Roots: The Saga of an American Family Chapter 2 Summary

Alex Haley

Chapter 2 Summary

Being primarily a farming community, Juffure prepares for the planting season, the men burning weeds to nourish the soil with the ashes, the women planting new seedlings behind them. Grandma Yaisa enters the scene. She is the matronly woman who is both Kunta Kinte's grandmother and the woman who tends Binta's life-giving rice plot while Binta is recovering from delivery. 

Now Binta comes back to tend her own rice with baby Kunta strapped snugly in a sling and a bundle balanced on her head. She is walking with friends along the banks of the river the Mandinka call the Kamby Bolongo, one of the many tributaries of the great Gambia River. The mangroves and the other perfumed plants fill the air with beautiful scents as Binta walks. Baboons bellow, wild pigs snort, minnows splash, mosquitoes buzz, and the plethora of birds of the Gambia squawk their greeting. The setting leaves nothing to the imagination, with all of the senses stimulated.

Binta reaches her plot of rice, chosen each year by the Council of Elders from the village of Juffure. The size of the plot has everything to do with the number of mouths to feed in the family. Seeing that Binta has had only one son, she still has a small plot of rice. However, there is a surprise waiting for her at this site: a new shelter that Omoro built while Binta was in labor. It is a shelter for Kunta Kinte as he accompanies Binta at her rice plot. Binta shouts with glee.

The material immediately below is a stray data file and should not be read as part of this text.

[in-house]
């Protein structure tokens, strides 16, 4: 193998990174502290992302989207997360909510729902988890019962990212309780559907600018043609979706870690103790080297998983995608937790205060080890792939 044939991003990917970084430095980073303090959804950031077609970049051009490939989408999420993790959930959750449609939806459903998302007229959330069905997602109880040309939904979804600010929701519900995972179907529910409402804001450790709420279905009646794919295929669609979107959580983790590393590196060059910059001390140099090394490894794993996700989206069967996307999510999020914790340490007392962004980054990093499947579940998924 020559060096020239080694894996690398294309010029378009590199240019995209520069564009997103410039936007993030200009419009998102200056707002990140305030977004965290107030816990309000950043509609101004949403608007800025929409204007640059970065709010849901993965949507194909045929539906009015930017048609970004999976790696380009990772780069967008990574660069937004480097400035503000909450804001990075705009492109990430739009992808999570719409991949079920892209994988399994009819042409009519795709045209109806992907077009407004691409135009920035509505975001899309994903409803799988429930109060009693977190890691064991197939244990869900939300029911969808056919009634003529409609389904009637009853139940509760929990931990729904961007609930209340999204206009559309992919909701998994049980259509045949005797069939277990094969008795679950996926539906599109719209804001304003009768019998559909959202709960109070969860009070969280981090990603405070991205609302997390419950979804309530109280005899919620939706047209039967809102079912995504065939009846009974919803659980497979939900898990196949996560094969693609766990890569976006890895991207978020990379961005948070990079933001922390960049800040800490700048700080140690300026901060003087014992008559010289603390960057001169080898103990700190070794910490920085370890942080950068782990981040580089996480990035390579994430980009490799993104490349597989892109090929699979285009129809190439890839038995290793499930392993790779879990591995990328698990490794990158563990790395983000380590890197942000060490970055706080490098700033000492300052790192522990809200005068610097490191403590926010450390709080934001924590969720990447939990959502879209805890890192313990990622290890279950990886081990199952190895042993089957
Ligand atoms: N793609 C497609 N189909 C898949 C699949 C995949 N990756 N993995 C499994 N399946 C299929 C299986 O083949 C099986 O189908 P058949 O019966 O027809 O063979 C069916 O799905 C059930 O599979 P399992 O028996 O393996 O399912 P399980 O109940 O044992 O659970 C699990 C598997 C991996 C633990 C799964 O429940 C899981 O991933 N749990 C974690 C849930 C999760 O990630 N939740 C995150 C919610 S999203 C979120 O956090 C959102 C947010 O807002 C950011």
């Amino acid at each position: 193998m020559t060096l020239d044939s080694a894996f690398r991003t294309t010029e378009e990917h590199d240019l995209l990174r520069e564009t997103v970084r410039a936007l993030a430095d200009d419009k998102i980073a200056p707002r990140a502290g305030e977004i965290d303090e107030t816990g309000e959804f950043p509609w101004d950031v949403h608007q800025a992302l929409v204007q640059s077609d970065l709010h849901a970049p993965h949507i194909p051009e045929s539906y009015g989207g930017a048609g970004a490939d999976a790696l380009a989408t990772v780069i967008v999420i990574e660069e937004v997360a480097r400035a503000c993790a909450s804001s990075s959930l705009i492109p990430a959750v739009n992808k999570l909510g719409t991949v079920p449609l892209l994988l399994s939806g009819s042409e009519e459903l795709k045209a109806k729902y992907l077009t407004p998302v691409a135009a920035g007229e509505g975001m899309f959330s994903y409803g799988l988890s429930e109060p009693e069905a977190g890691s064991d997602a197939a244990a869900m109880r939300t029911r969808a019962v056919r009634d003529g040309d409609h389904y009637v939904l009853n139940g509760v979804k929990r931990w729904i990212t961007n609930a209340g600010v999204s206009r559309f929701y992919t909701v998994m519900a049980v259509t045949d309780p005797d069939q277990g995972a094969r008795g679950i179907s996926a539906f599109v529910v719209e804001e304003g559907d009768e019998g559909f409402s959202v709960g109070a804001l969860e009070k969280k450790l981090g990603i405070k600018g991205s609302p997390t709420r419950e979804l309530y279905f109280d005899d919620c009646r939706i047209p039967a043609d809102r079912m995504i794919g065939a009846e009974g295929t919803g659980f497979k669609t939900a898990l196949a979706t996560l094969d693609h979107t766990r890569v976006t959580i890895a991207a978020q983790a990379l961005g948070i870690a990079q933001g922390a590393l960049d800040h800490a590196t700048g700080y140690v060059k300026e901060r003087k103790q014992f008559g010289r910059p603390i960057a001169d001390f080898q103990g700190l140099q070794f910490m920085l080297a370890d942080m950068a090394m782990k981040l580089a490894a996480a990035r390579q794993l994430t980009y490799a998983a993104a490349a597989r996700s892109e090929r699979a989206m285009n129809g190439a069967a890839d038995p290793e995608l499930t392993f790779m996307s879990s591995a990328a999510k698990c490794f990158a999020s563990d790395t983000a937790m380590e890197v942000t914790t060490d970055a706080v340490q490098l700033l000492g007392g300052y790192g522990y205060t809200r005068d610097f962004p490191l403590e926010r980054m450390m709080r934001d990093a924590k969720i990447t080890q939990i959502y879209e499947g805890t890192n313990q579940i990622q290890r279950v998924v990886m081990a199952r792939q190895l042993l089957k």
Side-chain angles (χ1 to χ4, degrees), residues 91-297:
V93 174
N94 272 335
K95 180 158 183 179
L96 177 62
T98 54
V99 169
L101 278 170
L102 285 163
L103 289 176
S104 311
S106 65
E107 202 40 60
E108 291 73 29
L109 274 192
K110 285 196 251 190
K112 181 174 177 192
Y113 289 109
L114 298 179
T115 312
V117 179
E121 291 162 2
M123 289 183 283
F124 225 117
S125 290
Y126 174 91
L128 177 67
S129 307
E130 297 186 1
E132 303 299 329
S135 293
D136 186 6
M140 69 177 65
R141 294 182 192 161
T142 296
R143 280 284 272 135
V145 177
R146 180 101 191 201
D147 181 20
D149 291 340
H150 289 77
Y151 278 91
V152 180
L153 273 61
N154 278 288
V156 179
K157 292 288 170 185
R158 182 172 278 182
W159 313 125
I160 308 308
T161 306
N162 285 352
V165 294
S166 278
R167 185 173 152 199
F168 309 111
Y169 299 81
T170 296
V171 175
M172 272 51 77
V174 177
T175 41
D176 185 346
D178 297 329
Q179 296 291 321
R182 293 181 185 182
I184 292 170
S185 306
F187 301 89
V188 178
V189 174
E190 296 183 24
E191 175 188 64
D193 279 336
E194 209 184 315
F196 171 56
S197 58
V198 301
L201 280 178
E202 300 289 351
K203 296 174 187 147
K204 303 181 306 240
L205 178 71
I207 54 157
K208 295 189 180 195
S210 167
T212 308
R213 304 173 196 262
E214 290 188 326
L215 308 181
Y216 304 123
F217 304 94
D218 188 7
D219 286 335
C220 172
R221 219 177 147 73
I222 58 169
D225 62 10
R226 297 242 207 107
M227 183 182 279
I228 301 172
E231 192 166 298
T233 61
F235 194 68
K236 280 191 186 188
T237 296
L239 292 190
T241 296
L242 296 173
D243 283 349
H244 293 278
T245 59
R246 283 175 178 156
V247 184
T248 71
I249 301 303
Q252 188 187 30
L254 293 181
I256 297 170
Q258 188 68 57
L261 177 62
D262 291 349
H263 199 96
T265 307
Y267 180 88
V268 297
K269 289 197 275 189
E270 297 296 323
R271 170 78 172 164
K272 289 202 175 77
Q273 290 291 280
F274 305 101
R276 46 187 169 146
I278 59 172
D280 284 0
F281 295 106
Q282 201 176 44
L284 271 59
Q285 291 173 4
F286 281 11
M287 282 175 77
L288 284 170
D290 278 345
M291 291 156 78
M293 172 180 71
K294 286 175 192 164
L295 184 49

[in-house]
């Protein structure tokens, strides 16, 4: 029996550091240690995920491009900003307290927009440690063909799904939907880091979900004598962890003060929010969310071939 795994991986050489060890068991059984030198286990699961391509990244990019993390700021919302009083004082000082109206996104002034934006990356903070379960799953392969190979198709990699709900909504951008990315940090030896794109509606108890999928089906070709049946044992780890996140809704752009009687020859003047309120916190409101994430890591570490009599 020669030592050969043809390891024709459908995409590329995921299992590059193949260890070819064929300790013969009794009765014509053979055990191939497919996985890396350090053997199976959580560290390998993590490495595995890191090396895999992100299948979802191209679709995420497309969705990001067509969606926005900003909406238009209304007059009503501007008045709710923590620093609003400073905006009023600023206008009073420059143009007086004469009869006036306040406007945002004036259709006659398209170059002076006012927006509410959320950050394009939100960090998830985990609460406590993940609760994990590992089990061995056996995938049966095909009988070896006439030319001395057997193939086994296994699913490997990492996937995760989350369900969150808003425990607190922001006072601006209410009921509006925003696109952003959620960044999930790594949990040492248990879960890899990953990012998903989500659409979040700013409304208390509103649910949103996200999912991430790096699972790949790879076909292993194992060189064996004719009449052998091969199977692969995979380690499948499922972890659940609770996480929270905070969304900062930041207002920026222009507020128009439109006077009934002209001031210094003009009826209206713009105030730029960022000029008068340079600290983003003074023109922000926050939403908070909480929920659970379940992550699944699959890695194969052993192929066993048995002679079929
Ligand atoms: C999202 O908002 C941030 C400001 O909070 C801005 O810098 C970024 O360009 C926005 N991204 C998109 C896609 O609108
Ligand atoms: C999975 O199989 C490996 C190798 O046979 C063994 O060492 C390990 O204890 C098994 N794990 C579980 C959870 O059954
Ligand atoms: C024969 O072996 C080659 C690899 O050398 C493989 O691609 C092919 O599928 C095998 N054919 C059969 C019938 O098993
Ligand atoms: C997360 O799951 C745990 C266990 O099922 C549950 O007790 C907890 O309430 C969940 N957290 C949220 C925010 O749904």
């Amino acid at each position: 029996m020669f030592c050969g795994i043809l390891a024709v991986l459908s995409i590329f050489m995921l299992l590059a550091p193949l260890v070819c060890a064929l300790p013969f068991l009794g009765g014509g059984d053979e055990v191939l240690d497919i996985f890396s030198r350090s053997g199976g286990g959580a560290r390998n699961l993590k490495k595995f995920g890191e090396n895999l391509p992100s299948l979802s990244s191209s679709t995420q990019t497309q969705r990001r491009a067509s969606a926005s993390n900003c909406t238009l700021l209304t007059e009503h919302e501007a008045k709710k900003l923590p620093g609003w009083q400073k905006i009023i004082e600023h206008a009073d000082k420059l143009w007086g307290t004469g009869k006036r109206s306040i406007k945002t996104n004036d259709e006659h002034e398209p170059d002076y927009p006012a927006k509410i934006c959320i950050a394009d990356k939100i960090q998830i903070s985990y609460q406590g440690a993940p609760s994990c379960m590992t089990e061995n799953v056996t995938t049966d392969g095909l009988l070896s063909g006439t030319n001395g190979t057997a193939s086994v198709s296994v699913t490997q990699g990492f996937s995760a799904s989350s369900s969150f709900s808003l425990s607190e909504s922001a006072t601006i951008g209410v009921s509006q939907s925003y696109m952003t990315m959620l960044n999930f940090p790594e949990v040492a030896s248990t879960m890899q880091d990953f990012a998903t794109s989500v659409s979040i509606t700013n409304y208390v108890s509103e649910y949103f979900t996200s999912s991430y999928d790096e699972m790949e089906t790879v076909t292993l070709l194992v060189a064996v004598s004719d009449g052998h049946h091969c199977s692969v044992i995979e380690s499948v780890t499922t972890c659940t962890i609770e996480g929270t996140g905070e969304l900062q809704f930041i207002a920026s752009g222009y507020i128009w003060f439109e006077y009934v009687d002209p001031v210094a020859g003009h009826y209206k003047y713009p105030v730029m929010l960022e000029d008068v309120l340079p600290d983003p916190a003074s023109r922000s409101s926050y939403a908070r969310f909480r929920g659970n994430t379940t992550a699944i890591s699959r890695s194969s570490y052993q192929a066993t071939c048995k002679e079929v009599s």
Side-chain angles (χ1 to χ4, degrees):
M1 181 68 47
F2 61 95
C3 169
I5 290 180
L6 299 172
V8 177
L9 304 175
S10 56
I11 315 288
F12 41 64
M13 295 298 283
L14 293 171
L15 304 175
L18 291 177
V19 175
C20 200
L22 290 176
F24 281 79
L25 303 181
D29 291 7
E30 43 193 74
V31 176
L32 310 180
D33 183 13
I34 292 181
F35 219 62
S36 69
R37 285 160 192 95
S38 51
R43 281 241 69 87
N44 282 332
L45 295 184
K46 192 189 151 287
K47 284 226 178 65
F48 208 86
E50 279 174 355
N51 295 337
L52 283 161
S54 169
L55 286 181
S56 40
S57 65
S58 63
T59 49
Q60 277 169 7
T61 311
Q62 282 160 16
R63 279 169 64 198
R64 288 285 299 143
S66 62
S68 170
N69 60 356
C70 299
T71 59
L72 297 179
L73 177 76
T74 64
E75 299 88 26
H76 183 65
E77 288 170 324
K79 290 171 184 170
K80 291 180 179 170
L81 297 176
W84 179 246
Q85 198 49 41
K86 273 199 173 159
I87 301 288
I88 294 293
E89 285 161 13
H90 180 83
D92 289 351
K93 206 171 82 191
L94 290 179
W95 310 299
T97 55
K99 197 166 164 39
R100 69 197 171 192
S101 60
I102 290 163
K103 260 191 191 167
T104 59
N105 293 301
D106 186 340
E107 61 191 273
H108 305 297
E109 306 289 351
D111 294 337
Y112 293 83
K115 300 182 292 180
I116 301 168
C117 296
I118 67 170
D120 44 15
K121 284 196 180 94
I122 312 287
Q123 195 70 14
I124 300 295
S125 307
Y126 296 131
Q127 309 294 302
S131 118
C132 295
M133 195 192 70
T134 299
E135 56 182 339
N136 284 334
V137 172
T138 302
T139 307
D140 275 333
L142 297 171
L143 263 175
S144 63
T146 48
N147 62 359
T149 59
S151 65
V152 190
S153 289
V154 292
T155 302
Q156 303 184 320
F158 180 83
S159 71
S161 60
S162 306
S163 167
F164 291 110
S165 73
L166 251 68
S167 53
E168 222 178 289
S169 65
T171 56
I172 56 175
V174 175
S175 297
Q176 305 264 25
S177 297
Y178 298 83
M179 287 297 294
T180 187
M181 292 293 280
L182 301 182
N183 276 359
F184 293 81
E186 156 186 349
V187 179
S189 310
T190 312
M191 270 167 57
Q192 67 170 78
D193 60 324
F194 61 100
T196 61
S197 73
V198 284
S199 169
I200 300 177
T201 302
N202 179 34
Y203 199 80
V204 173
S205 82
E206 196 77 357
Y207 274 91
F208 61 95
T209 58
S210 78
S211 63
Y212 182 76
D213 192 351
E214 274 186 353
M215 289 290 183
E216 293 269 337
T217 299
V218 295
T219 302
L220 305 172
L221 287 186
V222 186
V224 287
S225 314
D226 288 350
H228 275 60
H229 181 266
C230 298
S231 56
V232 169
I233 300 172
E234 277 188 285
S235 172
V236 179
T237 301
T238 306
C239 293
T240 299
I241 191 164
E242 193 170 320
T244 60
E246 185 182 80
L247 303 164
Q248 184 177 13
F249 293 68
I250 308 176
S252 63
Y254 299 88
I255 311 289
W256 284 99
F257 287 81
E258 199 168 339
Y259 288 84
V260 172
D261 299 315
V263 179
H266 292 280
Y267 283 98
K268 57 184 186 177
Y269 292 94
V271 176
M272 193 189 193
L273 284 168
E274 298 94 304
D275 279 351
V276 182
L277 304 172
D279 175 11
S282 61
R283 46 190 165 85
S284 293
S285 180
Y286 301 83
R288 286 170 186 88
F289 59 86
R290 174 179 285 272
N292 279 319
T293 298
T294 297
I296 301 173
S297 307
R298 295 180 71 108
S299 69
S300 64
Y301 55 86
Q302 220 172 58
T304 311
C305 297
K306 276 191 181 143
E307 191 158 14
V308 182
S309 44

Binta's work on her rice plot consists of bending double in knee-deep water and pulling out the treacherous weeds that choke and kill the rice if not tended to by her loving hands. During the day, Binta waits to hear Kunta's cries from the shelter and then nurses him, again and again, even when dripping wet from her task. Evenings involve Binta's trip home with Kunta, cooking and serving Omoro his dinner, rubbing warm shea butter on little Kunta, visiting Grandma Yaisa, and sleeping in her safe mud hut.

This is the way that Kunta Kinte grew: in his mother's love and the warmth of the rice crop. 

Omoro has special moments with his son, too. Sometimes Omoro takes Kunta from the womenfolk to his own hut (the men and women sleep separately) and lets him explore charms and bowls and hunting bags and prayer rugs and bows and arrows and spears: all important parts of a warrior's life.

Little Kunta is intrigued with color and is always happy. Binta, although happy with her son and husband, is worried that Omoro might take another wife (as is an ancient custom for Muslims) as he waits for Kunta to start walking and to quit nursing. Therefore, Kunta Kinte walks at thirteen months old and begins to drink cow's milk.